It is urging the Scottish Office to acknowledge the consequences of giving schools discretion in allowing pupils to sit Standard grade and Higher exams a year earlier. Exemption from existing "age and stage restrictions" requires specific approval from the Scottish Qualifications Authority for each exam candidate.
Angus MacDonald, Inverclyde's head of support for learning, described the consultation document as "lightweight".
"This paper has considerable implications for schools, yet the issues it raises are not adequately thought through or dealt with. Schools that are already magnet schools could find themselves under pressure to bypass Standard grade for the ablest," Mr MacDonald said.
"This in turn will reinforce the flight of middle-class parents from other schools that don't have sufficient numbers to run Standard grade and Higher Still courses in the third and fourth years."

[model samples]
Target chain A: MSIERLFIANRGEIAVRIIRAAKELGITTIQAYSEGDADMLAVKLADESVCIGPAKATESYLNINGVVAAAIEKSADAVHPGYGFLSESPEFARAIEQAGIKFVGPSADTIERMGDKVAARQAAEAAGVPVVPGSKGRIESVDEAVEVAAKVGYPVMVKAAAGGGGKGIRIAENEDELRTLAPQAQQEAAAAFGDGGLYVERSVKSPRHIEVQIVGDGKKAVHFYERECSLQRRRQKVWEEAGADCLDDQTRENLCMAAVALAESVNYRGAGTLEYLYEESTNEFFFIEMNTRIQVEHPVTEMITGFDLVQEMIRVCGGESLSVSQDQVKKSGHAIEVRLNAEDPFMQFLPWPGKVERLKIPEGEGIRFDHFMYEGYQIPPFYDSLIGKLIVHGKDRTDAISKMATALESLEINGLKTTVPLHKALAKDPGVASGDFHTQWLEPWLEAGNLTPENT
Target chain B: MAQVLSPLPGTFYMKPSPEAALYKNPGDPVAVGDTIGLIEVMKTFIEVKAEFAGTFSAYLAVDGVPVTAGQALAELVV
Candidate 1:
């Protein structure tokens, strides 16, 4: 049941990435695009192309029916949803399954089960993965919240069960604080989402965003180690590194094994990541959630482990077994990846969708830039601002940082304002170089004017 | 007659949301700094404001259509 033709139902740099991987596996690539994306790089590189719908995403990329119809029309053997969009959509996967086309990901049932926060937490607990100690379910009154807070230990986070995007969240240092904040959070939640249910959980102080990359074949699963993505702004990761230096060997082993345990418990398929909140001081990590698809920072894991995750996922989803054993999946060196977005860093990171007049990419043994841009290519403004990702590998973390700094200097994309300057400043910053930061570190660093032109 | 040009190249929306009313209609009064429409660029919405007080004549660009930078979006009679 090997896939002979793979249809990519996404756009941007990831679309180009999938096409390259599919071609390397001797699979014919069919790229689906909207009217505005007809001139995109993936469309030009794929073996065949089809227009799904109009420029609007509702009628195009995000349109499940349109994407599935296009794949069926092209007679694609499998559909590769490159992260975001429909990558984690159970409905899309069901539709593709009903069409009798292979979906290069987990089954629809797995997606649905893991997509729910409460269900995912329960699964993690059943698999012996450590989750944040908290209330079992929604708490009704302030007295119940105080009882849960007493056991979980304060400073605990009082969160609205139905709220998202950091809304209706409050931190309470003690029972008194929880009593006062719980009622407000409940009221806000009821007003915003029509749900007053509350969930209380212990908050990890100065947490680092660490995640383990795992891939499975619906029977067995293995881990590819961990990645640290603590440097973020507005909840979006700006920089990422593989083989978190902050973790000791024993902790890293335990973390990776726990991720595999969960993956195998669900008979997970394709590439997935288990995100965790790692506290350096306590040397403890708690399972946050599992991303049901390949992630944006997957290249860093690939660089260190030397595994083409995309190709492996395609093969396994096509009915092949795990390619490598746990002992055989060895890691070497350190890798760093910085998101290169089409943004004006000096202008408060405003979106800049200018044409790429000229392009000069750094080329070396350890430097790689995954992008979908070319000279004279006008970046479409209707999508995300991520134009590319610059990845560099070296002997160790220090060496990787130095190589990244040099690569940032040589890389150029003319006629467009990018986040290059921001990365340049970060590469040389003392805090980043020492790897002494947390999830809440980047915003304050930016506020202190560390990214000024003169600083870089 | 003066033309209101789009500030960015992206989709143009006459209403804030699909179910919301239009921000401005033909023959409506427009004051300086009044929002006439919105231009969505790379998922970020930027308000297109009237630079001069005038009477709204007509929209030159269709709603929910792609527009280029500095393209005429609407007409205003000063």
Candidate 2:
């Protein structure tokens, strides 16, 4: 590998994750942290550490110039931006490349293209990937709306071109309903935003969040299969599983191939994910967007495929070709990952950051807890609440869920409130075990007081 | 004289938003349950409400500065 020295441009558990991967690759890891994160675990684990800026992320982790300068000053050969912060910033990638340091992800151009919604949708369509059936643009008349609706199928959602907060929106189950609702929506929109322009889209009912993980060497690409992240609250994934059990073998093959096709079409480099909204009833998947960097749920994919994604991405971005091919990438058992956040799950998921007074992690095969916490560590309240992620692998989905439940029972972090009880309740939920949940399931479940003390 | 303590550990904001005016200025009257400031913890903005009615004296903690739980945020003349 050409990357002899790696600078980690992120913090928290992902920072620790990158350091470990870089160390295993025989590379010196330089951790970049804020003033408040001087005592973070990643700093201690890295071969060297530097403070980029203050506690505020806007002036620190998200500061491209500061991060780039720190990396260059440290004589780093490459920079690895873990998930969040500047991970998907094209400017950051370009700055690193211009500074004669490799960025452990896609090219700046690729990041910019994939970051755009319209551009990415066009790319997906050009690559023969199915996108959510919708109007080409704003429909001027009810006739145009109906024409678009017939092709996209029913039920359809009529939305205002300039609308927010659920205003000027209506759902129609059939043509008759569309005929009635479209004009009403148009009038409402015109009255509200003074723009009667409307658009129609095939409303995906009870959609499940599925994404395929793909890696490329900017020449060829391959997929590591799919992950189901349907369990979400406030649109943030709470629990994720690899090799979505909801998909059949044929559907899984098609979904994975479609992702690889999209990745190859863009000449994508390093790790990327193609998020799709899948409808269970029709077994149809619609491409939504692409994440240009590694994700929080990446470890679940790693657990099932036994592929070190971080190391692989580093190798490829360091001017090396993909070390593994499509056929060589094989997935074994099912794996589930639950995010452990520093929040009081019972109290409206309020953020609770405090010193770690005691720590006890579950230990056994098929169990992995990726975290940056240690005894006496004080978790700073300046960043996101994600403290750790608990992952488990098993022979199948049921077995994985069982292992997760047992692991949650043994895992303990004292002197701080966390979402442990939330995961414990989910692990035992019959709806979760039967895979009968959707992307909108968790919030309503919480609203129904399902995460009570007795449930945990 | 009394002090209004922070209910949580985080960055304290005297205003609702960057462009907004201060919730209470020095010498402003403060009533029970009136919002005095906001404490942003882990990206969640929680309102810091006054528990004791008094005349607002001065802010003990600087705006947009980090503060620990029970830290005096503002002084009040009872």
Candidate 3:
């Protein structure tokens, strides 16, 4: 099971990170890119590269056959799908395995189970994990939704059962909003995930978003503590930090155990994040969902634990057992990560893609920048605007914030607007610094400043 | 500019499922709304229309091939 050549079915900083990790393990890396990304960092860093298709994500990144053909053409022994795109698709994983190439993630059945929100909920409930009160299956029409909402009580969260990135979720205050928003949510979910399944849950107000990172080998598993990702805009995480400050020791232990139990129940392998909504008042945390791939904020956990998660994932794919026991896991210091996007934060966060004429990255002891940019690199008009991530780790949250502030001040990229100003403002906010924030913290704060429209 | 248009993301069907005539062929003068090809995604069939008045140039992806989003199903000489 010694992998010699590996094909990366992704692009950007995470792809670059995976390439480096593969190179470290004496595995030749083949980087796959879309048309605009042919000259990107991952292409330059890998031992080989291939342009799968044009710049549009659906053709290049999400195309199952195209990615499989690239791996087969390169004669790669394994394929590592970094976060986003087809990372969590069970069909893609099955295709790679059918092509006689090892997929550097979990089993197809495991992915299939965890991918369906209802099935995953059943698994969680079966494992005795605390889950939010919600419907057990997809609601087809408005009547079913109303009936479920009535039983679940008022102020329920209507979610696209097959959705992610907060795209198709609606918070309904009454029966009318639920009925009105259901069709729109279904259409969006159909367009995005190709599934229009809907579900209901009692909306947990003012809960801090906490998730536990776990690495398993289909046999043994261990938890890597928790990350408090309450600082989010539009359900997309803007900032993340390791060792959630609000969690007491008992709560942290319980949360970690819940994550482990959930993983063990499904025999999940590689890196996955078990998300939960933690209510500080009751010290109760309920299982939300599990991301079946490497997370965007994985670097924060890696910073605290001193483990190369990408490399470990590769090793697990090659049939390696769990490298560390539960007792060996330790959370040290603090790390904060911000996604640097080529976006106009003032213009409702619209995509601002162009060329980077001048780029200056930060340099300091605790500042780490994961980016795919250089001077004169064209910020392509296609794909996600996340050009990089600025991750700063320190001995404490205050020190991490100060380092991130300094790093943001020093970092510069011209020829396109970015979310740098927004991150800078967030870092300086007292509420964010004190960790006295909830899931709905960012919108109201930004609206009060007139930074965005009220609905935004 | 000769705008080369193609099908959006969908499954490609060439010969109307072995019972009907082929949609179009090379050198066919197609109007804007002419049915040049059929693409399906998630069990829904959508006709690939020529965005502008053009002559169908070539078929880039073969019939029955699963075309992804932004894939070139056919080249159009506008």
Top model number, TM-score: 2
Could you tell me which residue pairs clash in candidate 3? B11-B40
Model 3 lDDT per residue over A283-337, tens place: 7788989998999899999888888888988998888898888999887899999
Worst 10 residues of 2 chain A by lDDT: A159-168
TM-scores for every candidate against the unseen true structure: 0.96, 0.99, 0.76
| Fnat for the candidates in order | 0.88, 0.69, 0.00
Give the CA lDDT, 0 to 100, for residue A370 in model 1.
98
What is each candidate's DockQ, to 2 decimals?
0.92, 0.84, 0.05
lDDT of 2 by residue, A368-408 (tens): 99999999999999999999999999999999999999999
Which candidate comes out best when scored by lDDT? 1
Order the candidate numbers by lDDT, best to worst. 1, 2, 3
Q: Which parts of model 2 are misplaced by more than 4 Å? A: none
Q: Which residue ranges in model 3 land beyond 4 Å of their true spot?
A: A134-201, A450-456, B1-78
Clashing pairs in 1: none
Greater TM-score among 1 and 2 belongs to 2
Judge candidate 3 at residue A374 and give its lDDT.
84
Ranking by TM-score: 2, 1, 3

In its official response, Inverclyde says the best strategy from a management point of view "would be to have Higher Still progress on directly from 5-14 at the appropriate level, with each pupil progressing at his or her own speed. "
Glasgow's submission also raises the spectre of the disappearance of Standard grade, "in the light of pressure to improve achievement in S1-S2 and in view of the advent of Higher Still".
The addition of a sixth level F to the 5-14 curriculum, together with Access and Intermediate courses as sub-Higher levels of the Higher Still programme, is seen as potentially squeezing out Standard grade. But the fourth-year exam will be strongly defended by the unions, partly because of the teacher effort invested in its development but also because they fear a slide towards streaming.
Glasgow's acceptance of accelerated Standard grade presentation in S3 and Higher in S4 is conditional on restricting it to the very ablest pupils.
The council, however, says the current Standard grade programme has serious weaknesses.